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Challenge: Tell Us About Your 'Little Cavepeople'

Caving up in Our Little Home

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This post was originally shared to Theresa's Reviews.


Lately, life has been all about survival in our family's little cave: a house that feels too small for us all, a yard that needs more maintenance then we want to do, and a neighborhood that we never see anymore because there's no where to go. Being together in this space has its moments of feeling overwhelming for everyone. However, to survive, we have learned not to focus on our lack of additional floors and privacy.

The more we are together, the more I realize to cherish these moments as time speeds by too fast with my children. We're bringing out the dolls that they might outgrow in a few more years, adding in crafts whenever we have a spare moment, learning to garden, and taking the time to bake from scratch and decorate cakes together on weeknights for no special occasion.


Much as our tight space has taught us to be in the moment, watching an advanced movie screener of The Croods 2 reminded me of this lesson too. The movie shares heartwarming reasons why cave people, The Croods, had a more meaningful lifestyle than their counterparts, The Bettermans. Watch this trailer to learn more.

The Croods are wild, adventurous, and uninhibited. They are satisfied with their lifestyle until they meet The Bettermans, a family with walls, rooms, and farming.


How relatable is it in this time to learn not to compare yourself to others? As we all begin to know each other exclusively through virtual screens and social media updates, it's easy to imagine everyone else having a better time in their own home, in their own cave far away.


With a predictable ending, the message is clear. Love who you are, and enjoy your lifestyle. Comparisons won't do you any good. We can learn from each other, but we are who we are at heart.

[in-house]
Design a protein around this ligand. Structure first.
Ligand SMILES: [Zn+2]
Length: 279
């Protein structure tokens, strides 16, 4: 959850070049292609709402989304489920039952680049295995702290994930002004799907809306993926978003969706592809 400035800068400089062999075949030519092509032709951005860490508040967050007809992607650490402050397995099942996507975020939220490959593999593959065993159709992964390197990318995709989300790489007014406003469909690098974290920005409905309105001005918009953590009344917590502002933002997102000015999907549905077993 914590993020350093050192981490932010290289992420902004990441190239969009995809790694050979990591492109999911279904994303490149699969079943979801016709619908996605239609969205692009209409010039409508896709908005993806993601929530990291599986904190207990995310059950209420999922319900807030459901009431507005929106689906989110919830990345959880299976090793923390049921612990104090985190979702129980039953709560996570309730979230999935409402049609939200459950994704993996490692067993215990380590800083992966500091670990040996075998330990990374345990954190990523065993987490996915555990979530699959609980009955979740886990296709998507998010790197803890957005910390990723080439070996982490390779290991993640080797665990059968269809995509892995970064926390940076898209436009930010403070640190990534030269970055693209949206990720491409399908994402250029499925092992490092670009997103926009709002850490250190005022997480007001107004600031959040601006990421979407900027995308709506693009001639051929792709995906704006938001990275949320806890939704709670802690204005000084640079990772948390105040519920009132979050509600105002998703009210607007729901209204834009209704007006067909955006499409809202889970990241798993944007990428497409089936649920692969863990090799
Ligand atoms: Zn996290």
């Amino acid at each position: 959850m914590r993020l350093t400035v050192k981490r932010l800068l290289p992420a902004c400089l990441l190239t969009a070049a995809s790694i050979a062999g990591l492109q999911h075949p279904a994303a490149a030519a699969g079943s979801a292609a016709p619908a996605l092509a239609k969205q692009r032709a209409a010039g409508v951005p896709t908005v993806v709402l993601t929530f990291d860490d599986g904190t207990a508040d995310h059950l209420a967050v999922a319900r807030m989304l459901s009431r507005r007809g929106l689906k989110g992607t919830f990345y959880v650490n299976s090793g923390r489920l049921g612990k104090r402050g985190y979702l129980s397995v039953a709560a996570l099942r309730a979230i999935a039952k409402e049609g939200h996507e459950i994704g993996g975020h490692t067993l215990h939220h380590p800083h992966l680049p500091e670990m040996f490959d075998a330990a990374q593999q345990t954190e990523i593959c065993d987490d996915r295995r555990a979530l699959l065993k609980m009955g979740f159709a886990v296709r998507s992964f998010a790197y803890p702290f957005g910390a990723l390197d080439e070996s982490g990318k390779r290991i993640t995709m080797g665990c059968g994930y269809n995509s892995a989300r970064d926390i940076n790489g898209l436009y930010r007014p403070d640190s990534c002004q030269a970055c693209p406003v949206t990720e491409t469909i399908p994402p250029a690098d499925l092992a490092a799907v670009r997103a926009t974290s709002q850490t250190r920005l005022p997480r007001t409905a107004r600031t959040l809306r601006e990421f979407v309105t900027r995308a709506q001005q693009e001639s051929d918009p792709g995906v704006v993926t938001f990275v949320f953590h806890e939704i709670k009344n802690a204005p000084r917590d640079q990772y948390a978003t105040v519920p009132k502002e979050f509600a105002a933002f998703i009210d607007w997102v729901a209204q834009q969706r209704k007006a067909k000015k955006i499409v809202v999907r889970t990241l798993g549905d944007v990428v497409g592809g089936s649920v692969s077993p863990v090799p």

The visuals were incredibly stunning with vivid colors and lush landscapes. You can spot fantastic creatures, like kangadillos (a cross between a kangaroo and armadillo), giant lightning eels, and the large green sabertooth tiger they ride.


With the plot focusing on the silly, swooning teen cave people meeting and falling in love, the movie brought a touch of humor to our long weekend at home. Action is packed into the first few minutes before the title scene even comes across the screen.

Watching this movie, it reminded me that one day not far away, my children will start their own pack. Perhaps it will be a pack of best friends in the first year of middle school when independence takes on a whole new meaning. When they return to social life as it used to be, I hope they remember that this time at home was not a crude awaking whatsoever.

As soon as our schedules return to normal, remembering these moments together — making memories in our tiny cave, going back to the basics of homesteading, and our fantastic family movie nights together — will remind us to slow down even when the world once again picks up pace.


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Movie photos shared with permission from Dreamworks.

Disclosure: I received a free screener, but it in no way influenced my opinion.

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